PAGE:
Now we’re getting somewhere!
There are no other buttons on the XE Series Headlamp, and the instruction sheet only mentions pressing and holding the button for 1 second. That only turns the light on and off. However, if you turn on either mode (distance or flood), and then press and hold the button (for longer than a second), the light begins to dim!
Ok, so now I have figured out how to get flood and distance lights, and I’ve also figured out how to dim them both. The instructions mention something about an SOS/strobe mode. I found out by accident that if you rapidly push the button three times while the light is off, the headlamp goes into the strobe mode. The two outer leds (the ones for flood mode) flash about twice a second.
Now I had to figure out how to get the red light on. I saw it, but I still couldn’t figure out how to make it come on. Again, sort of by accident, I found out that if you press and hold the button for 3 seconds while there are no lights on, it will turn on the red light. If you push the button again, it turns the red light off… and push it again to make it come back on again. Now you’re kind of stuck in “red light” mode. If you turn the red light on and “double click” the button, the red light will strobe!
Now I have it all figured out! To get back to the “white light” mode, turn the red light off, press and hold the button (the red light will come on), and in about 3 seconds, the white light will come on and the red will turn off.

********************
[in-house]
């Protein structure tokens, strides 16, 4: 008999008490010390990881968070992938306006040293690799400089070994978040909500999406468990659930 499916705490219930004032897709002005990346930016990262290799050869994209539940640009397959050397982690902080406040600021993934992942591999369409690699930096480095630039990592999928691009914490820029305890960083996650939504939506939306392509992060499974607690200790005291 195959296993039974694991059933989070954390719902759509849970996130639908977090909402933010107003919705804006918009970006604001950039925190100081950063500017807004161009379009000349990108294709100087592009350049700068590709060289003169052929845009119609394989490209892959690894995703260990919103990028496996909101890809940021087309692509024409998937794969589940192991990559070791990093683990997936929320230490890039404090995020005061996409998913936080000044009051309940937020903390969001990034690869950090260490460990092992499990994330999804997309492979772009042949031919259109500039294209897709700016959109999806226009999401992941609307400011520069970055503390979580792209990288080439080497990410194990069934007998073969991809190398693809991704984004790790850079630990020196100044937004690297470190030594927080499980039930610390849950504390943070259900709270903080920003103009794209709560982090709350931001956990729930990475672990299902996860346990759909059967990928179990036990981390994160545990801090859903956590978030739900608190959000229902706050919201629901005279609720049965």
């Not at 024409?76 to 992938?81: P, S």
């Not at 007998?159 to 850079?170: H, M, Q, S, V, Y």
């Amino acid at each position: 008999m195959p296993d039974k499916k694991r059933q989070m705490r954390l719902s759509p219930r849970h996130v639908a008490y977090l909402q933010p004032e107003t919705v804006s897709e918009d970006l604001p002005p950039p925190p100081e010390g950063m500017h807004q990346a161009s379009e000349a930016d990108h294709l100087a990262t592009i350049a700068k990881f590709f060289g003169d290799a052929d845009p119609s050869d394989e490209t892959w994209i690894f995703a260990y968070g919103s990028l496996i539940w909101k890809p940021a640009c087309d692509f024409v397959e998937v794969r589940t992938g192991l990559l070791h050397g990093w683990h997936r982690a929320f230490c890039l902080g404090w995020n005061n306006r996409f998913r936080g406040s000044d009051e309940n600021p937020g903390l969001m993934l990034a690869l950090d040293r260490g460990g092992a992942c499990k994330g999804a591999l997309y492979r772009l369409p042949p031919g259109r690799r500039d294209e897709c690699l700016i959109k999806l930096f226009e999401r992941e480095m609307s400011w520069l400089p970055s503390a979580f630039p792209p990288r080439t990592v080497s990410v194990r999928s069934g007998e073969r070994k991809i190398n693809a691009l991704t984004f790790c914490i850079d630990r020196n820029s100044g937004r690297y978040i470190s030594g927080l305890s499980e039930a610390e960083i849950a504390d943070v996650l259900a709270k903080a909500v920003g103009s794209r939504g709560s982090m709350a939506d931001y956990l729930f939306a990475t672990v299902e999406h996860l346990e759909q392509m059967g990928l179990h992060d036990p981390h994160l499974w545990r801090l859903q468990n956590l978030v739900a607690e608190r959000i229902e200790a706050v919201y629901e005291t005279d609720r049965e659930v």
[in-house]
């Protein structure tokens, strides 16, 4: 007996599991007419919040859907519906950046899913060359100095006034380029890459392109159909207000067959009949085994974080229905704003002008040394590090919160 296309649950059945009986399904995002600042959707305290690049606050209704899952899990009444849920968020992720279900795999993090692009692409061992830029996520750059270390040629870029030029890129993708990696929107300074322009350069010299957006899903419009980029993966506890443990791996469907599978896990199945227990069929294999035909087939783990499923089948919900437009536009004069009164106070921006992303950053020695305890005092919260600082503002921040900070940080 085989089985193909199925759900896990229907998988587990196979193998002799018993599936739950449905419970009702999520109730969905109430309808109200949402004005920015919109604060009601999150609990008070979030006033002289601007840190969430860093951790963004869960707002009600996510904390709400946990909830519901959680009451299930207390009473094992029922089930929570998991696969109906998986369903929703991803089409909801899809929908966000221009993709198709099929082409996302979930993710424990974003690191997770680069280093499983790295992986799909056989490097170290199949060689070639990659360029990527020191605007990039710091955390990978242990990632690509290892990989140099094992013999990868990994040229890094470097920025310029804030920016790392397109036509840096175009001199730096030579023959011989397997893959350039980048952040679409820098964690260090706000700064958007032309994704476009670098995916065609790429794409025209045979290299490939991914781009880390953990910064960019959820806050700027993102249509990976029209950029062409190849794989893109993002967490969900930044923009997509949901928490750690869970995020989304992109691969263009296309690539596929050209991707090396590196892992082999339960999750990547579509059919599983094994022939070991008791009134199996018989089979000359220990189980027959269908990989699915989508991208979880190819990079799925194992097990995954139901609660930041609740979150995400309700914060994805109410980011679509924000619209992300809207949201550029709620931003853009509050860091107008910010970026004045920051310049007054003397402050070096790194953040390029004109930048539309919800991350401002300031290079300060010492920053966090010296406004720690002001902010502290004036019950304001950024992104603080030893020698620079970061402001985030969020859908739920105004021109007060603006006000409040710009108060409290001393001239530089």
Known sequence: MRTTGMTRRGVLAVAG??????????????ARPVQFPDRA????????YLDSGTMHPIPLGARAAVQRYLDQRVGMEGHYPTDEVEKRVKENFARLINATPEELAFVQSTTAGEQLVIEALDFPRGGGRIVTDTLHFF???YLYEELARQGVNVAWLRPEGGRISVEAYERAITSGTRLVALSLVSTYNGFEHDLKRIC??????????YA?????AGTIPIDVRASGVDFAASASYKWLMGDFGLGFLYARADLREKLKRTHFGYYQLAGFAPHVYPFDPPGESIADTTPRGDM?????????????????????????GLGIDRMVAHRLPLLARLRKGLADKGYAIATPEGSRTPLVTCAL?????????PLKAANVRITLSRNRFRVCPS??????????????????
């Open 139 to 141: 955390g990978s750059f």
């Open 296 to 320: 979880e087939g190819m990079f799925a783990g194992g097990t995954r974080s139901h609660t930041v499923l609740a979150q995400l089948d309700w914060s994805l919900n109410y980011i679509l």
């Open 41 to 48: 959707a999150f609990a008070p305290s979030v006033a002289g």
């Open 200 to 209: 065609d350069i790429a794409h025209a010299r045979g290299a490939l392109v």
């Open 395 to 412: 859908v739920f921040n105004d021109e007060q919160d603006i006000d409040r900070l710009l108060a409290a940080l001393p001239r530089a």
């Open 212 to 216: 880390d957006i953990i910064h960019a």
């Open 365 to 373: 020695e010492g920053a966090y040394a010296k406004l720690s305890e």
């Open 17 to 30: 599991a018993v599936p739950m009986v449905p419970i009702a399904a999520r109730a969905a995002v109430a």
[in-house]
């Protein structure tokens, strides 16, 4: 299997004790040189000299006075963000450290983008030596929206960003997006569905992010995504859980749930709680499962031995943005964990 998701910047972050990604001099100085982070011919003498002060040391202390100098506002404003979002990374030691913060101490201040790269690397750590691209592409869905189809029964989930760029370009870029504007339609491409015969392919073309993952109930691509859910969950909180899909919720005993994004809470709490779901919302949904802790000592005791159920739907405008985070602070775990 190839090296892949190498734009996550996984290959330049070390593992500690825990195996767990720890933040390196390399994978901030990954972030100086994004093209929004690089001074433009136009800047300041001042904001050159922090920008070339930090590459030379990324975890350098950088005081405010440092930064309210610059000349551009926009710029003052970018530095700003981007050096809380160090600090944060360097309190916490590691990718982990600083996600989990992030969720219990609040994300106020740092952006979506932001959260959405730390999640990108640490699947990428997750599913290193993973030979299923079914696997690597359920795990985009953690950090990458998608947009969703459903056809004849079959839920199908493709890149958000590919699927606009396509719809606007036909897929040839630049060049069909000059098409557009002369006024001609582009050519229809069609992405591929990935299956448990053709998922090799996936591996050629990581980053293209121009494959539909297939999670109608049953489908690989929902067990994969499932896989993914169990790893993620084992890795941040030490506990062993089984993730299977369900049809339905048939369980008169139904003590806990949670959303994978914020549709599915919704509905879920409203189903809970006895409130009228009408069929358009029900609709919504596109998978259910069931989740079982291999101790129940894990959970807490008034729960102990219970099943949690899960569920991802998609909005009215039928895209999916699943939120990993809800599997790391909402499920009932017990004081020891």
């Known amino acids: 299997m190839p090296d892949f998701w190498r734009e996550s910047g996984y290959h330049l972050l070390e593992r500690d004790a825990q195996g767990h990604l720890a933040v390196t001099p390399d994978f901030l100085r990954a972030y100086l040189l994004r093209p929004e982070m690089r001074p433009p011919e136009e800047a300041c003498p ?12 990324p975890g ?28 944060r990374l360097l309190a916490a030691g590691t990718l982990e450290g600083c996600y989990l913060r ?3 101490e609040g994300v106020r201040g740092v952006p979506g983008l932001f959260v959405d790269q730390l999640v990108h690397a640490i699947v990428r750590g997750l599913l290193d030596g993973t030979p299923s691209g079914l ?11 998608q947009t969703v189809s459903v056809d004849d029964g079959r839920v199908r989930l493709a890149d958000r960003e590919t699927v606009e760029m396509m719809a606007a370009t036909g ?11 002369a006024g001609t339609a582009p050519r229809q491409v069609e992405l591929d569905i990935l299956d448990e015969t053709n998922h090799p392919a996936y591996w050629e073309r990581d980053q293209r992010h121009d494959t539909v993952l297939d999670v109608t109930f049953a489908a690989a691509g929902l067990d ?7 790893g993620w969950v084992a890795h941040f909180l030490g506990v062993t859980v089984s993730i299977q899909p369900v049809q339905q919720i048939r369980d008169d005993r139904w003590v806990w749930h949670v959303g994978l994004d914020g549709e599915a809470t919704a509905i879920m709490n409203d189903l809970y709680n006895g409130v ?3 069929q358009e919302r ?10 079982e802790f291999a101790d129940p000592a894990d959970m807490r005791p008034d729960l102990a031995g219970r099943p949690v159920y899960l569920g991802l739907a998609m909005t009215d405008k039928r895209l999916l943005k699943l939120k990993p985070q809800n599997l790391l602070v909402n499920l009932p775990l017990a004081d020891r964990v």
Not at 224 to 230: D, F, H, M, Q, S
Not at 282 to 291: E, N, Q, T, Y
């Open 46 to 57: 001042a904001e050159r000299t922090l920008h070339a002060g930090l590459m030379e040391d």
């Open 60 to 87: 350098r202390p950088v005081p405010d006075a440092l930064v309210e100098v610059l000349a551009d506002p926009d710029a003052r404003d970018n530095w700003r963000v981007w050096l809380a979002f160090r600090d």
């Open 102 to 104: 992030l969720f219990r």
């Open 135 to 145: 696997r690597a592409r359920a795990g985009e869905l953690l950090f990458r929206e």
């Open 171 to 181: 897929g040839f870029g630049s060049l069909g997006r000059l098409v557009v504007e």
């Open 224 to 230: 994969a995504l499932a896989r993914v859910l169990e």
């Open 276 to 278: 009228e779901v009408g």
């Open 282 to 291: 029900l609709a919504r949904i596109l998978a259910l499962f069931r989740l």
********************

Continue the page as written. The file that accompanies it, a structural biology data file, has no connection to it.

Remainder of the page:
Difficult to figure out — the instructions were not clear on the light settings, but now that I have it figured out, hopefully you’re reading this learning how to work your own XE Series Headlamp.
What are the different light modes good for?
Each light setting has a fairly specific use where it shines the brightest. (I know… bad pun…)
Flood – Since flood beams don’t throw light long distances, the flood setting is good for close-up tasks like reading, working on something directly in front of you, or searching for something in your general vicinity.
Distance (Spotlight) – Tight, focused beam that is good for distance viewing. Best used when navigating a trail in the dark.
Strobe – Use this mode in case of emergency. Someone who sees a light at night may not think much about it, but a flashing light usually garners more attention.
Red – Like the flood setting, the red beam is also good for work up close. The red light is not as harsh on the eye, so if you’re doing something at night when others are asleep, this setting will not disturb them.
Whether you’re camping, hiking, biking, running, boating, reading or doing some home improvement, this headlamp comes in very handy!
Final Thoughts on the XE Series Headlamp
I really like this headlamp. It’s really lightweight and extremely bright. Fully dimmable white lights will let me do pretty much anything I need in any circumstance without having to rely on someone else to hold a flashlight for me. The red light will be good for camping — especially if stealth is ever a requirement. It has definitely earned it’s spot in my bug-out bag. Bring on the SHTF — I’ll still be able to see!